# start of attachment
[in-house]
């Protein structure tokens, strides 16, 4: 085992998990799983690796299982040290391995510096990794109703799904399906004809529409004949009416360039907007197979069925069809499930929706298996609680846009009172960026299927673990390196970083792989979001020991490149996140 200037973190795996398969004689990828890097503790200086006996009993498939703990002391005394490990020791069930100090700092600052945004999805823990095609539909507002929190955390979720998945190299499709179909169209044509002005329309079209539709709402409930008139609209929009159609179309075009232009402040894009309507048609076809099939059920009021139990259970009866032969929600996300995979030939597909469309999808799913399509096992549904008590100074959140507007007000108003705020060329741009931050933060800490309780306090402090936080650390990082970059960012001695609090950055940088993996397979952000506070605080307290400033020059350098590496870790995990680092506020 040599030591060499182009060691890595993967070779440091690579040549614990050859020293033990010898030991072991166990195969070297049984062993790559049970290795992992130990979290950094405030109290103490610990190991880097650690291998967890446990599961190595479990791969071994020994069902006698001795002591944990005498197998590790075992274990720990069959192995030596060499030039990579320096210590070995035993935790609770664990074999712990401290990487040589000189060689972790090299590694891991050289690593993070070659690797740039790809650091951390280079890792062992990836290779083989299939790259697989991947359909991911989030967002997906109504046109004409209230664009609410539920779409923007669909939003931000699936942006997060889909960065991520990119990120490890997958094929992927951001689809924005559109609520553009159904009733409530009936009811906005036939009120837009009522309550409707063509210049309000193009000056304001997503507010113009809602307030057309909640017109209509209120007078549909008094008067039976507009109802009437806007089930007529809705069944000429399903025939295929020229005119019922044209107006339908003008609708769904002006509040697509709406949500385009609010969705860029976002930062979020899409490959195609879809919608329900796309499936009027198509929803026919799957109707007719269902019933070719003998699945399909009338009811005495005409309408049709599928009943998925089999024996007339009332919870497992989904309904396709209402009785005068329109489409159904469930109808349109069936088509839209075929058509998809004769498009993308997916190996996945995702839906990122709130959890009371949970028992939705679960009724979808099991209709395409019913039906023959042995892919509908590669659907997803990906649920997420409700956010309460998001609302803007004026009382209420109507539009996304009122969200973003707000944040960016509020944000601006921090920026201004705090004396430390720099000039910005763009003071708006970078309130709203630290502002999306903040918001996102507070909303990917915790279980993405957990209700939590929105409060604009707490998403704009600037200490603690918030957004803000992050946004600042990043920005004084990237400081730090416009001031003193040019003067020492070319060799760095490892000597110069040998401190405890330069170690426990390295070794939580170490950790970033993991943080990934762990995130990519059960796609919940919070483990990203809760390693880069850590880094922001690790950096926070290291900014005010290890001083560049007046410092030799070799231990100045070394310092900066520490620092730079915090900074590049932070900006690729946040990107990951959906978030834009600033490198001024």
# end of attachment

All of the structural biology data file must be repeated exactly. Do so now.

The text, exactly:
[in-house]
């Protein structure tokens, strides 16, 4: 085992998990799983690796299982040290391995510096990794109703799904399906004809529409004949009416360039907007197979069925069809499930929706298996609680846009009172960026299927673990390196970083792989979001020991490149996140 200037973190795996398969004689990828890097503790200086006996009993498939703990002391005394490990020791069930100090700092600052945004999805823990095609539909507002929190955390979720998945190299499709179909169209044509002005329309079209539709709402409930008139609209929009159609179309075009232009402040894009309507048609076809099939059920009021139990259970009866032969929600996300995979030939597909469309999808799913399509096992549904008590100074959140507007007000108003705020060329741009931050933060800490309780306090402090936080650390990082970059960012001695609090950055940088993996397979952000506070605080307290400033020059350098590496870790995990680092506020 040599030591060499182009060691890595993967070779440091690579040549614990050859020293033990010898030991072991166990195969070297049984062993790559049970290795992992130990979290950094405030109290103490610990190991880097650690291998967890446990599961190595479990791969071994020994069902006698001795002591944990005498197998590790075992274990720990069959192995030596060499030039990579320096210590070995035993935790609770664990074999712990401290990487040589000189060689972790090299590694891991050289690593993070070659690797740039790809650091951390280079890792062992990836290779083989299939790259697989991947359909991911989030967002997906109504046109004409209230664009609410539920779409923007669909939003931000699936942006997060889909960065991520990119990120490890997958094929992927951001689809924005559109609520553009159904009733409530009936009811906005036939009120837009009522309550409707063509210049309000193009000056304001997503507010113009809602307030057309909640017109209509209120007078549909008094008067039976507009109802009437806007089930007529809705069944000429399903025939295929020229005119019922044209107006339908003008609708769904002006509040697509709406949500385009609010969705860029976002930062979020899409490959195609879809919608329900796309499936009027198509929803026919799957109707007719269902019933070719003998699945399909009338009811005495005409309408049709599928009943998925089999024996007339009332919870497992989904309904396709209402009785005068329109489409159904469930109808349109069936088509839209075929058509998809004769498009993308997916190996996945995702839906990122709130959890009371949970028992939705679960009724979808099991209709395409019913039906023959042995892919509908590669659907997803990906649920997420409700956010309460998001609302803007004026009382209420109507539009996304009122969200973003707000944040960016509020944000601006921090920026201004705090004396430390720099000039910005763009003071708006970078309130709203630290502002999306903040918001996102507070909303990917915790279980993405957990209700939590929105409060604009707490998403704009600037200490603690918030957004803000992050946004600042990043920005004084990237400081730090416009001031003193040019003067020492070319060799760095490892000597110069040998401190405890330069170690426990390295070794939580170490950790970033993991943080990934762990995130990519059960796609919940919070483990990203809760390693880069850590880094922001690790950096926070290291900014005010290890001083560049007046410092030799070799231990100045070394310092900066520490620092730079915090900074590049932070900006690729946040990107990951959906978030834009600033490198001024």